The European Union (UE in Italian) is not an Intergovernmental Organization like the UN, nor a Federation of States like the USA. The EU is a Super-National Organism to whom the National States delegate some of their powers.
It is not easy to understand the EU and its complex administrative structure, but it is fundamental if one wants to understand the Continent and Italy in particular.
After WWII Europe was devastated by the biggest conflict ever seen and two big European countries were responsible for the disaster: Germany and Italy. WWII involved the whole planet, but it was mostly a war provoked by Europe and against Europe. That’s why in 1957 the Prime Ministers of West Germany, Italy, France, Holland, Belgium and Luxemburg met in Rome and signed the treaties that would give birth to the Economic European Community, the mother of the EU. Already in 1950 in Paris, the French Minister Robert Schuman, had held a speech in which he wished a Continent with no more wars, in peace, economically united and where all the citizens could travel freely.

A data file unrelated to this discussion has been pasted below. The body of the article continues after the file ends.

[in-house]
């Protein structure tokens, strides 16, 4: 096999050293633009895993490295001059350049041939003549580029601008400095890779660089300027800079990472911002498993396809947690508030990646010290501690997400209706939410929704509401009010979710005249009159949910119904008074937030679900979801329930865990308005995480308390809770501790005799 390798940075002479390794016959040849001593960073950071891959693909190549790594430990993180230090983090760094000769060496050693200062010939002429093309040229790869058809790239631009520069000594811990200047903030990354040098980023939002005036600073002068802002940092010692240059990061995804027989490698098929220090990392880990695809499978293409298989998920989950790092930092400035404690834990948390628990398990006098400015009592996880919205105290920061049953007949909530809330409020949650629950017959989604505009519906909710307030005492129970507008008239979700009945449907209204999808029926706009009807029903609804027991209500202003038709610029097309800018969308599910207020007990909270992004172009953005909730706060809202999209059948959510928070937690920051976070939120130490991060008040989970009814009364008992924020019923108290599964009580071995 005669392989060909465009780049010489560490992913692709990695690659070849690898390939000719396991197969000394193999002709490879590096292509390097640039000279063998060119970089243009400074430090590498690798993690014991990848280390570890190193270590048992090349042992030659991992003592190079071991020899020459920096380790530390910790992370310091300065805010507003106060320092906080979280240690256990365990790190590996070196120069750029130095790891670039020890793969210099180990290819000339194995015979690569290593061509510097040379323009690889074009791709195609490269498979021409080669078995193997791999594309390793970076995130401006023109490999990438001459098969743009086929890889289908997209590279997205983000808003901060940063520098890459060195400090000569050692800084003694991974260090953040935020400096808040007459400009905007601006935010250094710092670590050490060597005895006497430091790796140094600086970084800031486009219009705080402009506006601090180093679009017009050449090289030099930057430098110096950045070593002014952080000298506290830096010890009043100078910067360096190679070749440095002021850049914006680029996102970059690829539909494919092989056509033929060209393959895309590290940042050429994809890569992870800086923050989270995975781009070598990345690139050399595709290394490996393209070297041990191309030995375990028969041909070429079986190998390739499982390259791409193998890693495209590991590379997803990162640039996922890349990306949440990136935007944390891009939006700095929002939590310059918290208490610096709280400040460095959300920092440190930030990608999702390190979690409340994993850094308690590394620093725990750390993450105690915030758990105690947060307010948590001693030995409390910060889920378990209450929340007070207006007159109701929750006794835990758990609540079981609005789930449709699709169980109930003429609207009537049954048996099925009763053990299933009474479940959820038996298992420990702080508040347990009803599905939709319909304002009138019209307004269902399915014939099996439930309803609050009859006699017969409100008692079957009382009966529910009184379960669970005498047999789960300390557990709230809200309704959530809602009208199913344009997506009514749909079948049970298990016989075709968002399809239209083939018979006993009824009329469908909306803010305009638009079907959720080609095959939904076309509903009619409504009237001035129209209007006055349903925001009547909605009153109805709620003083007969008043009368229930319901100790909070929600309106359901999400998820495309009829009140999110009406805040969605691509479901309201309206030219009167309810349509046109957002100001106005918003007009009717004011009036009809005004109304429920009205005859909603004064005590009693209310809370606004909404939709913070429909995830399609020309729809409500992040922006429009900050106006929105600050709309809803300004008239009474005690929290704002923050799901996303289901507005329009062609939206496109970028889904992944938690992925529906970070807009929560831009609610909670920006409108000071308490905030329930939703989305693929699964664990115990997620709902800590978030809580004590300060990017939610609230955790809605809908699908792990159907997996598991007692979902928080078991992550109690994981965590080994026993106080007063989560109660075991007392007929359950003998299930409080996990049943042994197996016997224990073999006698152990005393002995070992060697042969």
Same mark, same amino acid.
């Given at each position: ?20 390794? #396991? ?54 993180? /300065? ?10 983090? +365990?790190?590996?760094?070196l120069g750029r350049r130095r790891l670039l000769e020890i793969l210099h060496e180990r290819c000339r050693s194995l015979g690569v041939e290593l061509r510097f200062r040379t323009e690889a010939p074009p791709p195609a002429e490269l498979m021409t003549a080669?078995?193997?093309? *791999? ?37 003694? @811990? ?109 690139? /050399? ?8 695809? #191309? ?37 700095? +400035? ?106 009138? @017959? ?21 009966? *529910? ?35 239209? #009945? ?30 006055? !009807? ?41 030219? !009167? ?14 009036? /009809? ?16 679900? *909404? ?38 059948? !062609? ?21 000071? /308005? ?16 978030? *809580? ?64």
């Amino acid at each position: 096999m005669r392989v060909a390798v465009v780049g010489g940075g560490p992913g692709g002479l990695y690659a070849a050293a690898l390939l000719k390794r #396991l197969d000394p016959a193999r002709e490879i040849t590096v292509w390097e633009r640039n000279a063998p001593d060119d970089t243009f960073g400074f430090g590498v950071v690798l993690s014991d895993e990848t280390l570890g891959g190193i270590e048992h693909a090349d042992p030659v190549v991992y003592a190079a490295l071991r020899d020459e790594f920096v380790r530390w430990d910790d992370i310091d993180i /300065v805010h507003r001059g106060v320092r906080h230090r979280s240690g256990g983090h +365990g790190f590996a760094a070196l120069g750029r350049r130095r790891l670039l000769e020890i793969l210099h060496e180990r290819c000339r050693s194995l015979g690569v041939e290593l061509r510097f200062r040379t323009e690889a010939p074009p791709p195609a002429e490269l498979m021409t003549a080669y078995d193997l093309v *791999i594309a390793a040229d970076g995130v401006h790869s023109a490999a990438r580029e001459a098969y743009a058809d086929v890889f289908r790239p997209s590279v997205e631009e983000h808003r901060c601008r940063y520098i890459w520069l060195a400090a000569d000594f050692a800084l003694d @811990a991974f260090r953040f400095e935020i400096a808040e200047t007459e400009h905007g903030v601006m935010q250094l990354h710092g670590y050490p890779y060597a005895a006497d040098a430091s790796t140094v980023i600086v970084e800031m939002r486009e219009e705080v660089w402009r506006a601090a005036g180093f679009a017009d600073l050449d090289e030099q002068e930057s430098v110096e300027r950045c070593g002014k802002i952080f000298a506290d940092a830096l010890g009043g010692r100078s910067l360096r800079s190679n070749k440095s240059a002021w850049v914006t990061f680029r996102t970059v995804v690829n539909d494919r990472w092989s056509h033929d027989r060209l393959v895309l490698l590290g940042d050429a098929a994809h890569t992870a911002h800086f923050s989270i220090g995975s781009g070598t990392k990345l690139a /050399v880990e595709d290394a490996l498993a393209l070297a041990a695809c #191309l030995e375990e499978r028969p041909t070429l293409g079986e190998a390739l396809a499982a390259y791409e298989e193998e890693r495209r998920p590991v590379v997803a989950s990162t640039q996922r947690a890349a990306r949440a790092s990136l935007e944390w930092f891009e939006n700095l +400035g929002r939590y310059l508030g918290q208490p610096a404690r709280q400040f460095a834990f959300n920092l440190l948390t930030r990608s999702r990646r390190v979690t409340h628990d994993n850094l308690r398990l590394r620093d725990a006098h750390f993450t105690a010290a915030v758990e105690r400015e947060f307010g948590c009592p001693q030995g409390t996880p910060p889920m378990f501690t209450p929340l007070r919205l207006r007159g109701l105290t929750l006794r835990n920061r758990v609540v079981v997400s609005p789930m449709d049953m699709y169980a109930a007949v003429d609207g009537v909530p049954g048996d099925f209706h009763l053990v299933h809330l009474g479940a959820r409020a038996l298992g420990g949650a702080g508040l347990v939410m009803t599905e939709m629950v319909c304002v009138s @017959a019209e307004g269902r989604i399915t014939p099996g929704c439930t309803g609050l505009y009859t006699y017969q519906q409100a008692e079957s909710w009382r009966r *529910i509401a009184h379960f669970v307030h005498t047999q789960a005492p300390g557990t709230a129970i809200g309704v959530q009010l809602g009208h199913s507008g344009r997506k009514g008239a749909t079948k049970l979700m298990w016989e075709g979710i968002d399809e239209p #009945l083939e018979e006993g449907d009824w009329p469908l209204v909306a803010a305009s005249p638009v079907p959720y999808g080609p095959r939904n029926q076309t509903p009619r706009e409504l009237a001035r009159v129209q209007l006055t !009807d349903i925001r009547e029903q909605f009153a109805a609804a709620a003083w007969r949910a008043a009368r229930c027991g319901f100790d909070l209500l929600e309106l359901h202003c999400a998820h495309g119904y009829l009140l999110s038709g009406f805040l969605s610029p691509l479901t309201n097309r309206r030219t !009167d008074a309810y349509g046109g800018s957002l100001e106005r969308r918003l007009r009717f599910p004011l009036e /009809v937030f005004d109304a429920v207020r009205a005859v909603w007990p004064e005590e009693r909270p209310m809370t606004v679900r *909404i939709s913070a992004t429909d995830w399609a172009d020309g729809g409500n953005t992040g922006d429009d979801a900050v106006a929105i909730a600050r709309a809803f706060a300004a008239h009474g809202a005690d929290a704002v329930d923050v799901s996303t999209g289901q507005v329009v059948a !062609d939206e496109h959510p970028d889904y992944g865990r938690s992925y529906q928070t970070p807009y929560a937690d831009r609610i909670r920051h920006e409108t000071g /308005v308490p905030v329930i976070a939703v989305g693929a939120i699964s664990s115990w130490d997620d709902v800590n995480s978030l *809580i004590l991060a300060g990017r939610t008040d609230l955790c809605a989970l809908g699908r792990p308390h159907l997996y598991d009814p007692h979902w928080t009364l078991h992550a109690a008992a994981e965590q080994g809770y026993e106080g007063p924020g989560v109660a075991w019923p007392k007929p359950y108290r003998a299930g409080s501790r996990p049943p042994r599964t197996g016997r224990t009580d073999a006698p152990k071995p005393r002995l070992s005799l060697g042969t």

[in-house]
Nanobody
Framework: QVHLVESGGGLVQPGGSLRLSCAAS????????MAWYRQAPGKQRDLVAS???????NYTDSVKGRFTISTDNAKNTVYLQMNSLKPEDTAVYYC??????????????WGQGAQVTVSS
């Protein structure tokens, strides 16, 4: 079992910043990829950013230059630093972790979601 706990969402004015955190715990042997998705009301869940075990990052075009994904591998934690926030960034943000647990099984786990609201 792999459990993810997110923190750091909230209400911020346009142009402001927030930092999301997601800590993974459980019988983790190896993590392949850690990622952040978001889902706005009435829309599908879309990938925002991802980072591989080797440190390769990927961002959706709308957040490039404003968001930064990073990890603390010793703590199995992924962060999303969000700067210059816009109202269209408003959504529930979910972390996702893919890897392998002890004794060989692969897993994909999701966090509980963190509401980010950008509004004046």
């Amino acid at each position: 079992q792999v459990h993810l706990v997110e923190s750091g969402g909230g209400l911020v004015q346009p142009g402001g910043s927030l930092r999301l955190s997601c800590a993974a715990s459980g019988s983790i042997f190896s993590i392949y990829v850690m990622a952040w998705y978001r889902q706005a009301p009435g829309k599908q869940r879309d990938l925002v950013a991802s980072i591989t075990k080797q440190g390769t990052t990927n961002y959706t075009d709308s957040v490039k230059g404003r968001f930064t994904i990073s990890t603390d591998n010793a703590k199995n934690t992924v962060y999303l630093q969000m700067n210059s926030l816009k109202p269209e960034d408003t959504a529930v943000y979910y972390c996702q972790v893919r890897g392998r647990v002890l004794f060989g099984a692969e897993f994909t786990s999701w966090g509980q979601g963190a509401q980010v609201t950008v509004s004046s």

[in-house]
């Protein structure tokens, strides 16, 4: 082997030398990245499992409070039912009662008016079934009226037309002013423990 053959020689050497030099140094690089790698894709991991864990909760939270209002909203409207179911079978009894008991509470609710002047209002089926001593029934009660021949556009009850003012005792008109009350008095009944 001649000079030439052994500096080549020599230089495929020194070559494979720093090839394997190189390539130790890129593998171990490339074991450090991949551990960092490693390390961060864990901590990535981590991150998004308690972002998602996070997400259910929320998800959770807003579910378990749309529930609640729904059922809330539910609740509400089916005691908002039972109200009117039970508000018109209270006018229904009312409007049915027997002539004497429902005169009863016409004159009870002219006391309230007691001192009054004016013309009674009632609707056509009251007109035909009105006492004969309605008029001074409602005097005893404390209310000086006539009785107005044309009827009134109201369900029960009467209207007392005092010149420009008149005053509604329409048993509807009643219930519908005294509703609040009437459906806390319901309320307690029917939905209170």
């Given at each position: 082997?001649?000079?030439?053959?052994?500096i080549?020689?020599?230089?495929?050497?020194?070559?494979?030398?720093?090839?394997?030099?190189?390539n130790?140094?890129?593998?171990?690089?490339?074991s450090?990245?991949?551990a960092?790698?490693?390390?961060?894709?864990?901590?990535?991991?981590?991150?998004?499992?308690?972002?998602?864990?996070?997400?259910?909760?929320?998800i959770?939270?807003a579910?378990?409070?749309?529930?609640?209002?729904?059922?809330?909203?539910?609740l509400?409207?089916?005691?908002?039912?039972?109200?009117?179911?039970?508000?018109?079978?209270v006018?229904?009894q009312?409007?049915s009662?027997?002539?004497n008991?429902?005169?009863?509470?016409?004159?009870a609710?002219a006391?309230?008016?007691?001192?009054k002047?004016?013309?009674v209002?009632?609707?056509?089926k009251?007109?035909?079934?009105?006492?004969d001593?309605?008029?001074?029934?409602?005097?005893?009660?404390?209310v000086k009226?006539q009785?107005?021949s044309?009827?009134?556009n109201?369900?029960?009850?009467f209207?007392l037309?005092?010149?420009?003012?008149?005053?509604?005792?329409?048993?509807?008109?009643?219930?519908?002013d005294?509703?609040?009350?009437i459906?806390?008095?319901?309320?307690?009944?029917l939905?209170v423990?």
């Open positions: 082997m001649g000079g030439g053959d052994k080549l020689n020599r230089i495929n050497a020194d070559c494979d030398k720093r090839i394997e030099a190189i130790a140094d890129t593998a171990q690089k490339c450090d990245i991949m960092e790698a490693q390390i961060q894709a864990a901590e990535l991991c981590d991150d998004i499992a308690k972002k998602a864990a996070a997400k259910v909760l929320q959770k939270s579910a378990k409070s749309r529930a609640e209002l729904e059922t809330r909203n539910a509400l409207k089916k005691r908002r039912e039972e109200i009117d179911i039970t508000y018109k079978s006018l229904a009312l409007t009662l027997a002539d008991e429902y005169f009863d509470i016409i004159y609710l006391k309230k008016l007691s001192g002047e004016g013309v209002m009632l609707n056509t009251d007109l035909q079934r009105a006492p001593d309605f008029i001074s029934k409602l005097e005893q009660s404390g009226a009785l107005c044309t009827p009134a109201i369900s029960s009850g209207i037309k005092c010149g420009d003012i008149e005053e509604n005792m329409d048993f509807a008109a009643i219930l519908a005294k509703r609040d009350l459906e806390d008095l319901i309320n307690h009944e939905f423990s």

Today we have realized part of that dream. Europe is a peaceful continent with no barriers, no customs and a common currency. Is that enough? Is this what the fathers of Europe wanted for future generations? And what is the role of Europe in our modern, globalized world?
This course will try to answer all these questions by going back to the origins of Europe, but by placing particular focus on the present.